In a broad report issued Monday, the FTC echoed President Obama's call, issued a month ago, for a new law that would serve as a Consumer Privacy Bill of Rights, establishing a basic set of online privacy principles.
The agency also called specifically for a new law that would let consumers access, and dispute, personal and financial data collected and sold without their permission by giant data brokers, such as Acxiom.
"An important consensus is emerging on the need to take significant steps to protect online privacy rights," says John Simpson, spokesman for the non-profit Consumer Watchdog advocacy group.
On yet another high-profile privacy issue — online tracking to support advertising — FTC Chairman Jon Leibowitz said he was optimistic new industry standards honoring consumers' do-not-track preferences could be ready this year. The new rules are being developed by the World Wide Web Consortium.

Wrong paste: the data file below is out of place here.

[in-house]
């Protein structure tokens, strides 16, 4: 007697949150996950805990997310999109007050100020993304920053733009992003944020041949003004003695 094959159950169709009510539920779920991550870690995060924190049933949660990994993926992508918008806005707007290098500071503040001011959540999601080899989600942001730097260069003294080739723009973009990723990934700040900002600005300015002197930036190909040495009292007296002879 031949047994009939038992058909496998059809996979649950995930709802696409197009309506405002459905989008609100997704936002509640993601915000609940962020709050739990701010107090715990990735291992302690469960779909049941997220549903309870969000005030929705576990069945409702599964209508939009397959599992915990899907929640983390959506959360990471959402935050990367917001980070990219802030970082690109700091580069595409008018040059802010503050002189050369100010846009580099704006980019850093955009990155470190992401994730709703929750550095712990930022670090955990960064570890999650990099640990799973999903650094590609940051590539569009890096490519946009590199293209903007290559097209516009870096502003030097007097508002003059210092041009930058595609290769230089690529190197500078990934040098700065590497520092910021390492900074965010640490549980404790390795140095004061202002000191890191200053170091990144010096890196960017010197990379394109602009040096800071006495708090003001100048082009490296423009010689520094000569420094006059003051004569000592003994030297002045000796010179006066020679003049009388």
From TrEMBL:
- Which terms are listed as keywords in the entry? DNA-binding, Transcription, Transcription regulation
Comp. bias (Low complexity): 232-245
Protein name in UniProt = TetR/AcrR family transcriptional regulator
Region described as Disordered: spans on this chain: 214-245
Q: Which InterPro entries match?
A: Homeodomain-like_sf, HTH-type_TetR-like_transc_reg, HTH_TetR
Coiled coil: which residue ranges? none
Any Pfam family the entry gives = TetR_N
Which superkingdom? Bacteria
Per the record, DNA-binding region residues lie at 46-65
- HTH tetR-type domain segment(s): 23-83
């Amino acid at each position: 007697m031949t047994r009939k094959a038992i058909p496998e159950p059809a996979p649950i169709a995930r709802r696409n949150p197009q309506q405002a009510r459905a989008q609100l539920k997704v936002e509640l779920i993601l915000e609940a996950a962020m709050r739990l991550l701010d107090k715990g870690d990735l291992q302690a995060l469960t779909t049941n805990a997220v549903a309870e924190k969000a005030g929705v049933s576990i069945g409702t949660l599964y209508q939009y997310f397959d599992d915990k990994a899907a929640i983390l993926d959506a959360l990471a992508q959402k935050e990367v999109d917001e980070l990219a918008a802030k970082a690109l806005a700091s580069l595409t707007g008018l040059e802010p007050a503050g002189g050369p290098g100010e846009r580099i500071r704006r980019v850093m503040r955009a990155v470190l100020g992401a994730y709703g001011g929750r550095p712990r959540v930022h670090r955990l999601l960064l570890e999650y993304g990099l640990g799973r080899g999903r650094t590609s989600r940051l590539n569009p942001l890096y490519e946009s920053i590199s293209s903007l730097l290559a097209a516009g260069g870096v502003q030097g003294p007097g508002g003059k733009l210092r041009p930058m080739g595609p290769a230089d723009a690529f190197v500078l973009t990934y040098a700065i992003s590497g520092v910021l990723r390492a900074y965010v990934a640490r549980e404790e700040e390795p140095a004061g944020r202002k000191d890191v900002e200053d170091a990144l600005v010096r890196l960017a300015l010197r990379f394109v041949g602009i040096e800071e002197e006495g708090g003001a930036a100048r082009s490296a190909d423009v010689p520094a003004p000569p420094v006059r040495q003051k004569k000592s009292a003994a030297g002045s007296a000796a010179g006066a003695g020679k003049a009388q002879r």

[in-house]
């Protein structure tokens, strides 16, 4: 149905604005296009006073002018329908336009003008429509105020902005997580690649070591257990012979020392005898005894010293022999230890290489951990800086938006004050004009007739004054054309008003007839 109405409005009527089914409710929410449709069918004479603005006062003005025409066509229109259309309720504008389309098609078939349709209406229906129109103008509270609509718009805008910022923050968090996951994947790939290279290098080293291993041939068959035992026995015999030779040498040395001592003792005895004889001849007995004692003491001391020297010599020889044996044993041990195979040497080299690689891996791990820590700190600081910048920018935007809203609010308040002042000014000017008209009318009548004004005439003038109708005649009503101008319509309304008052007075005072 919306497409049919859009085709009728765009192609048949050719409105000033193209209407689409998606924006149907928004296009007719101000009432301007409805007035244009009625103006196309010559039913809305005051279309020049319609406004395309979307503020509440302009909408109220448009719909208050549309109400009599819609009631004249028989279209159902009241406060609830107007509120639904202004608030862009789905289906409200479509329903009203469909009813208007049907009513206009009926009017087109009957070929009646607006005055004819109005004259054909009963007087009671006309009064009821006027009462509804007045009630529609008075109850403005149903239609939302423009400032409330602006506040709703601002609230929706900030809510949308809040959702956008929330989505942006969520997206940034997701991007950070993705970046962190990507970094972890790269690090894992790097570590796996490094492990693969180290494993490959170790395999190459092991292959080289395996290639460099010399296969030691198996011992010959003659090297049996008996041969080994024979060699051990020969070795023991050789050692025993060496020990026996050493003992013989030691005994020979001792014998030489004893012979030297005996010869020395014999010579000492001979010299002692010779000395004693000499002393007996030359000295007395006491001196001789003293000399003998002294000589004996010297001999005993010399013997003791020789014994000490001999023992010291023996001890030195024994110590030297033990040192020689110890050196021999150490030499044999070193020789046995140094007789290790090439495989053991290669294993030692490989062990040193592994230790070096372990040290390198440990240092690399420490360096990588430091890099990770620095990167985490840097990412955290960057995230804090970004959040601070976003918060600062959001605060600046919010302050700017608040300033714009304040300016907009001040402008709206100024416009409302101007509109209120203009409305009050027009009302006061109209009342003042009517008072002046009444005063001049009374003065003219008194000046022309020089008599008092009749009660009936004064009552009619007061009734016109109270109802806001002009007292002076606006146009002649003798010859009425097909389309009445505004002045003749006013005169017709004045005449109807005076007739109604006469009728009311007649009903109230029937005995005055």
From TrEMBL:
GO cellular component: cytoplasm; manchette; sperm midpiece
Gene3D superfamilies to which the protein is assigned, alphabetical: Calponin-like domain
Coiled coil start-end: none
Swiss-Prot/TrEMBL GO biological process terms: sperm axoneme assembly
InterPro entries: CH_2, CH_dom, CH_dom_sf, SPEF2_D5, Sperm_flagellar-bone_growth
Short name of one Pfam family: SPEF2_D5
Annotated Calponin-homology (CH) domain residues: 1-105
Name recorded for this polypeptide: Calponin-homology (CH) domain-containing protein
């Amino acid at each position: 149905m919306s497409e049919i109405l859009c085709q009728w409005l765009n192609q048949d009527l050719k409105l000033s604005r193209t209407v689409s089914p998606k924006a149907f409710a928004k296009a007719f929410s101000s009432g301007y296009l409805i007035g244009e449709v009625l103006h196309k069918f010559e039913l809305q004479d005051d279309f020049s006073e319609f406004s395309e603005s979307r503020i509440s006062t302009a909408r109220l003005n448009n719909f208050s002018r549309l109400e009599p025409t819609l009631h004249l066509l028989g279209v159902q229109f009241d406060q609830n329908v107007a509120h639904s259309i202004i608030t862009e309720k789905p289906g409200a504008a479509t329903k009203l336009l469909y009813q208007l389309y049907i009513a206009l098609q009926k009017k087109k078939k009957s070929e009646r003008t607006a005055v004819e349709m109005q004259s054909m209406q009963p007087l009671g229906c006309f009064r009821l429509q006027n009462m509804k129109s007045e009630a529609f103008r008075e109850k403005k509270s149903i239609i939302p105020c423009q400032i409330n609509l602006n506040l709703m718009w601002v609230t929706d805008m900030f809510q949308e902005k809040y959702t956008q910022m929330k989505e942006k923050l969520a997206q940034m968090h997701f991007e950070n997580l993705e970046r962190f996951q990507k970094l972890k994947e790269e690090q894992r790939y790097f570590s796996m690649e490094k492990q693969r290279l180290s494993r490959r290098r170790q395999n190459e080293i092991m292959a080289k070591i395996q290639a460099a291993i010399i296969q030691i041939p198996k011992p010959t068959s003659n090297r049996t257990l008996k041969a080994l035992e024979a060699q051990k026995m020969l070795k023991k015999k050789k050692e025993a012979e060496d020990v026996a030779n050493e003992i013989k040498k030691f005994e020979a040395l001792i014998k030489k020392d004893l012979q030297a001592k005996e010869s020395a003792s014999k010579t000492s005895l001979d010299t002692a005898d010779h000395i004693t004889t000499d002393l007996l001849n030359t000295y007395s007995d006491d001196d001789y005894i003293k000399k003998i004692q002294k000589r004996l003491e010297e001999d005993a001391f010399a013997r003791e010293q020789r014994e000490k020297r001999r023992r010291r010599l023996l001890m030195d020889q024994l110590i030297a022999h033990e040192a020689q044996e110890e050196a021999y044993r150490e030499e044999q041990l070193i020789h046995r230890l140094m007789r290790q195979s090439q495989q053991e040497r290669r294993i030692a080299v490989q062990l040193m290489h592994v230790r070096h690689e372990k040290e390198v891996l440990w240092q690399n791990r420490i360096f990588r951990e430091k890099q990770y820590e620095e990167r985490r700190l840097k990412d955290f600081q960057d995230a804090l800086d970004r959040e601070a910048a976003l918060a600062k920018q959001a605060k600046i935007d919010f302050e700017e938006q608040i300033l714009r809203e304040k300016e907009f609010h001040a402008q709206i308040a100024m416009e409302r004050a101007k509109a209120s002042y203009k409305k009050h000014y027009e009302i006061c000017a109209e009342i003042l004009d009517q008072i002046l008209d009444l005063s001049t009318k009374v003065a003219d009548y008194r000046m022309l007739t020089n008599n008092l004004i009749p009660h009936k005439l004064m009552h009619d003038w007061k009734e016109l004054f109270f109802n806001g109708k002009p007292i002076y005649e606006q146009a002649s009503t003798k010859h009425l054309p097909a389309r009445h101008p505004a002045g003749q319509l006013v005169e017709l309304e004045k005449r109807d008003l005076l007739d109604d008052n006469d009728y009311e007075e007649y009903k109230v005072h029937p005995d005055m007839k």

"We are confident that consumers will have an easy-to-use and effective do-not-track option by the end of the year because companies are moving forward expeditiously to make it happen and because lawmakers will want to enact legislation if they don't," Leibowitz says.
Consumer groups and privacy advocates were generally pleased with the FTC's recommendations. "The FTC is very clearly saying that they don't have authority to do all that they need to do to protect consumers," says Christopher Calabrese, legislative counsel for the American Civil Liberties Union.
Strong industry opposition for any new privacy laws is assured.
JenniferBarrett Glasgow, Acxiom's chief privacy officer, said the company would be "happy to engage in a dialogue" about the contents of any new law.
As for a privacy bill of rights or a do-not-track law, Michael Zaneis, general counsel for the Interactive Advertising Bureau, contends no clear consumer privacy concerns have been spelled out.
Contributing: The Associated Press.